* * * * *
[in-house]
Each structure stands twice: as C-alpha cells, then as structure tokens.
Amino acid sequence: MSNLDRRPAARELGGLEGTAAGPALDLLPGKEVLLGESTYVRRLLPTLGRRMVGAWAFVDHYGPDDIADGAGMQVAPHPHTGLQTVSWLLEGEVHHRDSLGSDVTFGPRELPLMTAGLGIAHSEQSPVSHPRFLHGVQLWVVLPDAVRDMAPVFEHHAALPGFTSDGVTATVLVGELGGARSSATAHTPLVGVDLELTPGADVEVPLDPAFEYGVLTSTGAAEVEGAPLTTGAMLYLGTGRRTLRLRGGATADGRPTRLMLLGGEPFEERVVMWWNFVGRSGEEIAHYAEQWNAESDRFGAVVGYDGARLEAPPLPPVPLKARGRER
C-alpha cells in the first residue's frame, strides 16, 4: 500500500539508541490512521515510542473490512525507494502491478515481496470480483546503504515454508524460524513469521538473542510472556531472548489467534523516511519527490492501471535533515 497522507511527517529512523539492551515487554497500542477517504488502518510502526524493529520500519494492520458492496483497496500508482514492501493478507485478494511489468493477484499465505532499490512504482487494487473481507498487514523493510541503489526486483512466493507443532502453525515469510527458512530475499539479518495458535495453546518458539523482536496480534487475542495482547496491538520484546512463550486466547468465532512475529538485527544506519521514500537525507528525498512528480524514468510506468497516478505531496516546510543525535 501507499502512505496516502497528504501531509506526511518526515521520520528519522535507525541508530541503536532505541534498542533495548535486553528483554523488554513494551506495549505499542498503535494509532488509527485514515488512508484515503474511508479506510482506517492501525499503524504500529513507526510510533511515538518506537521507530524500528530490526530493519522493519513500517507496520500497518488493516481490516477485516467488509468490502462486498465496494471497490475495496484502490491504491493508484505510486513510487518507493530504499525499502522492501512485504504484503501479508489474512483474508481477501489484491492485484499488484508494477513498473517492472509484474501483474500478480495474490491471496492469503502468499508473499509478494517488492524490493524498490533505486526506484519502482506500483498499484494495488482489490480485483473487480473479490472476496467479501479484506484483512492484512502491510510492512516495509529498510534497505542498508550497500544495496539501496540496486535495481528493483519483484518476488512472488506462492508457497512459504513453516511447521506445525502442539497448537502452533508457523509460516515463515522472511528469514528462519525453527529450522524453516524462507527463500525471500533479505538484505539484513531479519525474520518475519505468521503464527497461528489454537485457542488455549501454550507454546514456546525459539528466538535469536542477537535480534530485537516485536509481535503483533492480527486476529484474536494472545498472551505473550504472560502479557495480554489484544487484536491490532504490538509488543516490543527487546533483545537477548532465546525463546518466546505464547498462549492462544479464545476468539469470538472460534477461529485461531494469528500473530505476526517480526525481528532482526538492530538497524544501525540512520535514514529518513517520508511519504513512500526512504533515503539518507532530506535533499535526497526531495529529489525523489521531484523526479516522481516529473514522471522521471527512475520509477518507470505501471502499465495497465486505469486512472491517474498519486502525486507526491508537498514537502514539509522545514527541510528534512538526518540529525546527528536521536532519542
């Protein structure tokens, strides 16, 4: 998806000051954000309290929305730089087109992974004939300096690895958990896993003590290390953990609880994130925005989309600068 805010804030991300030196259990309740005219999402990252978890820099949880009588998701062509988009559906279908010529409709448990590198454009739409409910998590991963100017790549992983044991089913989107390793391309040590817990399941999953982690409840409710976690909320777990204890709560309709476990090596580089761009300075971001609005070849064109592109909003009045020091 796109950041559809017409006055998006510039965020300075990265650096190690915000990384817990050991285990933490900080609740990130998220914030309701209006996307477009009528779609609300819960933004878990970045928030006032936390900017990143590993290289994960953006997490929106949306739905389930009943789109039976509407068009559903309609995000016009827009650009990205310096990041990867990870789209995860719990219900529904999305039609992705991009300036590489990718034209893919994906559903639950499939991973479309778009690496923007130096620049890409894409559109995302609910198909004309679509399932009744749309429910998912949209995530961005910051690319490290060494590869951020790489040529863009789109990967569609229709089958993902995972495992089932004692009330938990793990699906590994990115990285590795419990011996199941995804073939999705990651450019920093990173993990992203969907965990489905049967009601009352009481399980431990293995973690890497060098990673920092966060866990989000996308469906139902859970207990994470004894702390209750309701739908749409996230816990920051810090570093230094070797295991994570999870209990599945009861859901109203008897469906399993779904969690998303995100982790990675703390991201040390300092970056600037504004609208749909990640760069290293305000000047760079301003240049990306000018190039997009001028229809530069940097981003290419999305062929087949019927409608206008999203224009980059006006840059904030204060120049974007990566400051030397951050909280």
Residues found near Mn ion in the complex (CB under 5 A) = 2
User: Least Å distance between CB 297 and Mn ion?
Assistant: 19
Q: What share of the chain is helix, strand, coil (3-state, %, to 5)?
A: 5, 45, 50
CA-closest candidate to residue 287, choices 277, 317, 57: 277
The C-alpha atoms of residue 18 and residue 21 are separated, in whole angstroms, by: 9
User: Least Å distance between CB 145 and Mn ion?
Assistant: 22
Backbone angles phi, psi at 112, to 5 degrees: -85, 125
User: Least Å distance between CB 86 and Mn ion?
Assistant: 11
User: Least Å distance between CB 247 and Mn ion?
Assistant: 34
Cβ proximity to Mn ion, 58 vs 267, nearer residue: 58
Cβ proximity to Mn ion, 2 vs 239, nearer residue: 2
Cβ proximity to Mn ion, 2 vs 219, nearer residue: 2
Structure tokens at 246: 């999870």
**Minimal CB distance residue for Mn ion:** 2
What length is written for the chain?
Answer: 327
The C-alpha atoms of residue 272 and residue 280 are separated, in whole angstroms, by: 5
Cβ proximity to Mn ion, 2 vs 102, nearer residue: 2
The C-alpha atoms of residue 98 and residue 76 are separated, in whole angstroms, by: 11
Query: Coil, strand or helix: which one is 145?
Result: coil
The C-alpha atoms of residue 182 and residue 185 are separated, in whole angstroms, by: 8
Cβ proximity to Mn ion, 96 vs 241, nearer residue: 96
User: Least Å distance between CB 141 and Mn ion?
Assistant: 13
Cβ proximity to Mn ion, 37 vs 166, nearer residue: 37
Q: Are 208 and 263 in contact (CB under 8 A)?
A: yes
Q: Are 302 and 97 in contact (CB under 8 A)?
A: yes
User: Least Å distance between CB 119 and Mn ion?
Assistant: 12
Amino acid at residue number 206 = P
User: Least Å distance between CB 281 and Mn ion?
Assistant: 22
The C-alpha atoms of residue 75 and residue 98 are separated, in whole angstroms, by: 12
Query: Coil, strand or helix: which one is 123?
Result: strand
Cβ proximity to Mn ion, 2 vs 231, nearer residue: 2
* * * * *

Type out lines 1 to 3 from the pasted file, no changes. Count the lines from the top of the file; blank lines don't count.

[in-house]
Each structure stands twice: as C-alpha cells, then as structure tokens.
Amino acid sequence: MSNLDRRPAARELGGLEGTAAGPALDLLPGKEVLLGESTYVRRLLPTLGRRMVGAWAFVDHYGPDDIADGAGMQVAPHPHTGLQTVSWLLEGEVHHRDSLGSDVTFGPRELPLMTAGLGIAHSEQSPVSHPRFLHGVQLWVVLPDAVRDMAPVFEHHAALPGFTSDGVTATVLVGELGGARSSATAHTPLVGVDLELTPGADVEVPLDPAFEYGVLTSTGAAEVEGAPLTTGAMLYLGTGRRTLRLRGGATADGRPTRLMLLGGEPFEERVVMWWNFVGRSGEEIAHYAEQWNAESDRFGAVVGYDGARLEAPPLPPVPLKARGRER